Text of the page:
We were invited to dinner at Chez Marchant the following evening.

Our plan for Sunday was for me to go exploring and Em to rest after a very tiring Saturday. After enjoying breakfast in the hotel, she returned to bed and I walked along the road towards Kington, passing a sleeping dragon on my way out of the town.

When I were a lad I used to hitch hike everywhere, but then the fearfulness promoted by those who seek to control us set in. Lifts became so few and far between that you could die of exposure before you got a lift at the average motorway junction. It was 6 miles to Kington. I could walk it, for there is no Sunday 'bus service, but I thought I might as well raise my thumb as I walked along.

The very first car stopped, but was going the wrong way. The second vehicle also stopped. It contained the couple who had breakfasted at the next table in the hotel. They hadn't planned to go via Kington but insisted on diverting to drop me off there. The lady, of South Asian heritage, was a social worker involved in fostering and adoption in Bristol. They were heading home. They dropped me in Kington town centre and proceeded on their way.

Kington is another pleasant friendly town of the Shire.



I walked around the shops, mostly closed on this Sunday morn, bought some food to keep me going at a surprisingly well stocked little supermarket, then walked back the way I had come to start my exploration.

My intention was to explore a little of the network of rural branch railways that used to serve this lovely area. These started with a horse drawn plateway which, by way of the Hay tramroad, linked up to the canal in Brecon, 35 miles away. This ran as far as New Radnor to tap the mineral resources. Later a railway was built through to join the main line at Leominster, the plateway was converted to a standard gauge railway and a branch was built to Presteigne. The three routes met up at Titley junction, where not a single house can be seen. It's a 2 mile hike from the junction station to the village of Titley. The lines were never really busy and the old tram route from Titley Junction to join the Hereford Brecon line at Eardisley was the quietest, going from nowhere to nowhere much via nowhere in particular. It closed in 1917 and its track was commandeered for military service. After the armistice the line was re-instated and it carried on with one train a day until finally succumbing to another wartime economy measure in 1940.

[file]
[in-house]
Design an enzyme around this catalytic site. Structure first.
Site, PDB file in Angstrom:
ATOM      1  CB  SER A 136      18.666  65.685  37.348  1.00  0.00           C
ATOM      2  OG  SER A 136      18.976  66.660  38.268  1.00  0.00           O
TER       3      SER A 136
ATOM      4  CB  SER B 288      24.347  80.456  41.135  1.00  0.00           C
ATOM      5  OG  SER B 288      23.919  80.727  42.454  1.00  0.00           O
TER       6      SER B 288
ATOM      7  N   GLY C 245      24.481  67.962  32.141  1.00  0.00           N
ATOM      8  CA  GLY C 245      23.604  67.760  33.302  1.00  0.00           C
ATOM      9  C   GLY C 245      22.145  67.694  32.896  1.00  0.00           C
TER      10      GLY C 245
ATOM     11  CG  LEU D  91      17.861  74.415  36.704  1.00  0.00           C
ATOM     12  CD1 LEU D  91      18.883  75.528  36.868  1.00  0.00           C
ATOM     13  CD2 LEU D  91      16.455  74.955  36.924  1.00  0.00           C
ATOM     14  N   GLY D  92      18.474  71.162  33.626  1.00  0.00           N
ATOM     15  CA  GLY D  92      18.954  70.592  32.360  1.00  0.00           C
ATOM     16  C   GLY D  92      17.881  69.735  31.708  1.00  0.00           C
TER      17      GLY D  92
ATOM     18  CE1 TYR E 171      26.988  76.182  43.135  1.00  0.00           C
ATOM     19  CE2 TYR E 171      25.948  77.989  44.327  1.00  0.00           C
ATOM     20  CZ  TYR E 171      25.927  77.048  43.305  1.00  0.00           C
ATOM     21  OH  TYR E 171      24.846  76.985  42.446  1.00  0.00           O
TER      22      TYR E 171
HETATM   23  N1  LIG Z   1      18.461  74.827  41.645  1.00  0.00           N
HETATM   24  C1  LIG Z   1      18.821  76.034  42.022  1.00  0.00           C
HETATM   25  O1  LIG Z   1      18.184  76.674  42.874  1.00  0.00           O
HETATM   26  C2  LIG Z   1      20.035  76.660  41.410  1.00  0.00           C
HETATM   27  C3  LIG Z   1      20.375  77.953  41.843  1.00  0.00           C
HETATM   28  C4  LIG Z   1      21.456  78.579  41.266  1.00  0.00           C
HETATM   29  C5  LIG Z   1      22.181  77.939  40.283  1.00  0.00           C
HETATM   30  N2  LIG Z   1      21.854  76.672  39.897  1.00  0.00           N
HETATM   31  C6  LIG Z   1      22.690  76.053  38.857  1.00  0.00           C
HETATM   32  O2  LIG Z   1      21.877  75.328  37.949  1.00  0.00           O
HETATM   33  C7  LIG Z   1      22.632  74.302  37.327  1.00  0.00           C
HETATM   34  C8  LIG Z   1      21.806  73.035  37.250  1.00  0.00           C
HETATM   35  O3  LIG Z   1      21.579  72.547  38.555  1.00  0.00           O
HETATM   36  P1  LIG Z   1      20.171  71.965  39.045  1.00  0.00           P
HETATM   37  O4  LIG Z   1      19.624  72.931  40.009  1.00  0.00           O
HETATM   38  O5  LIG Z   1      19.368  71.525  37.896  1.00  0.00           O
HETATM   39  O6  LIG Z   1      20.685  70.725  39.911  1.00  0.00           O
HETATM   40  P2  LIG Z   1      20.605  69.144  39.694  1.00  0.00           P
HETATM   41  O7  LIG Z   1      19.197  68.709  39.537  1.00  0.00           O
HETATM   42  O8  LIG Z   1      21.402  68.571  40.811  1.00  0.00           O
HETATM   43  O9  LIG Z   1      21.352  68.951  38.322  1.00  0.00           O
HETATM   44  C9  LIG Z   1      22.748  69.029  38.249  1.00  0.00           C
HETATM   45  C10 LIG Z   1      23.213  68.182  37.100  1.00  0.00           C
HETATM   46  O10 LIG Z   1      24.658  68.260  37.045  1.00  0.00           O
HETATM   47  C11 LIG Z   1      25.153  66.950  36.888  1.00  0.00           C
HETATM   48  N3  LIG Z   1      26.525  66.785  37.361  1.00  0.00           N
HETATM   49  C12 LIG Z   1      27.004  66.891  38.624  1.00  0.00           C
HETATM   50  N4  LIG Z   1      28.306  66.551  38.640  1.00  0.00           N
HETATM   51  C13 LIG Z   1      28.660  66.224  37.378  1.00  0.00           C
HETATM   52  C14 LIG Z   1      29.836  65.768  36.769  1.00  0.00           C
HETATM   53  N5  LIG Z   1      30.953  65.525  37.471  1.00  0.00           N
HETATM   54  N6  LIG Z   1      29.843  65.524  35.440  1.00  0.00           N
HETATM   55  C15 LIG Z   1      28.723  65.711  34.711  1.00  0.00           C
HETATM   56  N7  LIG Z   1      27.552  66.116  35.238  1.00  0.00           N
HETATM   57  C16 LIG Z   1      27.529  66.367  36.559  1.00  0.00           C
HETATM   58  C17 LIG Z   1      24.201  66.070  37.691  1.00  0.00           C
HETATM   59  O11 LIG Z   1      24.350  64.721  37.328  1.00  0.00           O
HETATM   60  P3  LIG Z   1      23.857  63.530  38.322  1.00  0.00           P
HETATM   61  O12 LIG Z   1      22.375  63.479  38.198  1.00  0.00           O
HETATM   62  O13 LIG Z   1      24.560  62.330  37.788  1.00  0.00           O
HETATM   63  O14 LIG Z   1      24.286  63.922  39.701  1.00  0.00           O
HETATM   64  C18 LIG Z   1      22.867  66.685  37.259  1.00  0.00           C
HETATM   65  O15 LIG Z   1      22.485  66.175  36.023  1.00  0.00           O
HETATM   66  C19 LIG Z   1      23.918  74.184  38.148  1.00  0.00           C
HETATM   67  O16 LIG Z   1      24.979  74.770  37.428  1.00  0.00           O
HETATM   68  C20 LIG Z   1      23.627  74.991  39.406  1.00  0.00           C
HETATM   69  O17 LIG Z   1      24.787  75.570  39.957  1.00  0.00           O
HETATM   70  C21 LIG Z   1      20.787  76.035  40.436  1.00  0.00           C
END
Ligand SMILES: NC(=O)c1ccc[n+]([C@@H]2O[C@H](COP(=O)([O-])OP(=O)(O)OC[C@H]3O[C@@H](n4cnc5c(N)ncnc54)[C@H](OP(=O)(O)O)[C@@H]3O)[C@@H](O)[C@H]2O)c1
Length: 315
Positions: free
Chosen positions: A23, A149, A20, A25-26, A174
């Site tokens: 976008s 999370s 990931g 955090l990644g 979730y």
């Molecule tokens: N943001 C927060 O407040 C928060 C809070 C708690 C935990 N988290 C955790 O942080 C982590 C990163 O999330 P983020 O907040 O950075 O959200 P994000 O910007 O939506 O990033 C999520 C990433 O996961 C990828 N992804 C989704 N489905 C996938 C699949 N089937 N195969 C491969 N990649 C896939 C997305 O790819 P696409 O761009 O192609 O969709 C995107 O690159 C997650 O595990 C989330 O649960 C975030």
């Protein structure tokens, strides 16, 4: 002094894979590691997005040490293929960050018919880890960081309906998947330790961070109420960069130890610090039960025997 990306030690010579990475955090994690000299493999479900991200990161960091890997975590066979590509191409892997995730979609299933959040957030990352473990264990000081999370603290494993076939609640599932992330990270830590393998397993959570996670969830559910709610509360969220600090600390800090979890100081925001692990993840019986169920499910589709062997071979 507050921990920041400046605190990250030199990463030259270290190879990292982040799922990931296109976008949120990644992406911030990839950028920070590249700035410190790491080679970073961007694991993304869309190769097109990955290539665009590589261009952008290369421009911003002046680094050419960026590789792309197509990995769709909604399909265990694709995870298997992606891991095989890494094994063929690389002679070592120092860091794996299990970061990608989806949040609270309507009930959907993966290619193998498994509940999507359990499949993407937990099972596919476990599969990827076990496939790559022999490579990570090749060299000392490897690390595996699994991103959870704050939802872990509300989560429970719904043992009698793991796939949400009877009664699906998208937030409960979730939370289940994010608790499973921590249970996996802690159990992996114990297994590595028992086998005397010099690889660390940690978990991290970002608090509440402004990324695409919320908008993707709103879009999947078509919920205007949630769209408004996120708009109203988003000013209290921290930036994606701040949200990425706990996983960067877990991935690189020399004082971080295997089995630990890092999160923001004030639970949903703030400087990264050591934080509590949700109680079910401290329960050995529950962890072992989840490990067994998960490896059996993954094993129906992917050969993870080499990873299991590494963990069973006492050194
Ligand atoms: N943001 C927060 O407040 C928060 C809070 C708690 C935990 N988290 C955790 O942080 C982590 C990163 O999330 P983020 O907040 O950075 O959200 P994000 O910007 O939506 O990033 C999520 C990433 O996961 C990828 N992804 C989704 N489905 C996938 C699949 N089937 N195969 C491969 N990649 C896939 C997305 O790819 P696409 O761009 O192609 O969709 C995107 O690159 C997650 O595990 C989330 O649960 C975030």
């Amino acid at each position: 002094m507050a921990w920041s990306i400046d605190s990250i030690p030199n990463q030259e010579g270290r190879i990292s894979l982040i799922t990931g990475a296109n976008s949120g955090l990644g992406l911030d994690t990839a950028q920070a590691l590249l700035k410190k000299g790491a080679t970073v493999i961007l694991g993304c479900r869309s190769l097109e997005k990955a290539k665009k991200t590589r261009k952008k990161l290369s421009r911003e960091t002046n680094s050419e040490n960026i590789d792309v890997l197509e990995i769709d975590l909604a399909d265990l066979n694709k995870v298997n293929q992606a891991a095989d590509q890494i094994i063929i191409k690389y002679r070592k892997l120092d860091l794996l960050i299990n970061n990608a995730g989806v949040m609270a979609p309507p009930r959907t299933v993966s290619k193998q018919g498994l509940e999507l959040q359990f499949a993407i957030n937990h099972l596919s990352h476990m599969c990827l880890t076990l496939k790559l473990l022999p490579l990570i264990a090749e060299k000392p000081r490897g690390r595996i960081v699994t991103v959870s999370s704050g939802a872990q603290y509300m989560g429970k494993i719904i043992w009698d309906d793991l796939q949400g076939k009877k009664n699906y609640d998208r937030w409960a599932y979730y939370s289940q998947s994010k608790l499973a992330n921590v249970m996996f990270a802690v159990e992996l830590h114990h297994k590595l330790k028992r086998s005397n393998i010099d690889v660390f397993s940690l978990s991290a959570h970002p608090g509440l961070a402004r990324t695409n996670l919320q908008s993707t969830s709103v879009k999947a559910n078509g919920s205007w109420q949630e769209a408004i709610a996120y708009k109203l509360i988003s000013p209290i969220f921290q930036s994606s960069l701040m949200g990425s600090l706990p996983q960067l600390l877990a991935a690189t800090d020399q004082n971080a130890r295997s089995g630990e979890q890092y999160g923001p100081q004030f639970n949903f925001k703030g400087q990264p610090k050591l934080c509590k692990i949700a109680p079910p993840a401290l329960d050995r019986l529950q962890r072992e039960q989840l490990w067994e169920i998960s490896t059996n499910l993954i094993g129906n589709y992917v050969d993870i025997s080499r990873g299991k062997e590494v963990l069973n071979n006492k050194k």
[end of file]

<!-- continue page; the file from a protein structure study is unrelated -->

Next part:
The Presteigne line struggled on with passengers until 1951, the last goods train running in 1961. The New Radnor extension also closed completely in 1951, leaving just the Leominster to Kington route. This had recieved a boost during the war as military hospitals were built nearby, receiving frequent trainloads of wounded men. Nevertheless, the peacetime passenger service ceased in 1955 and, with the passing of the final freight train in 1964 the whole network was dead, or was it merely sleeping?

My plan was to explore the trackbed at least as far as Titley Junction, where the owner of the old station house has relaid about a mile of track and occassionally opens to the public and runs steam trains.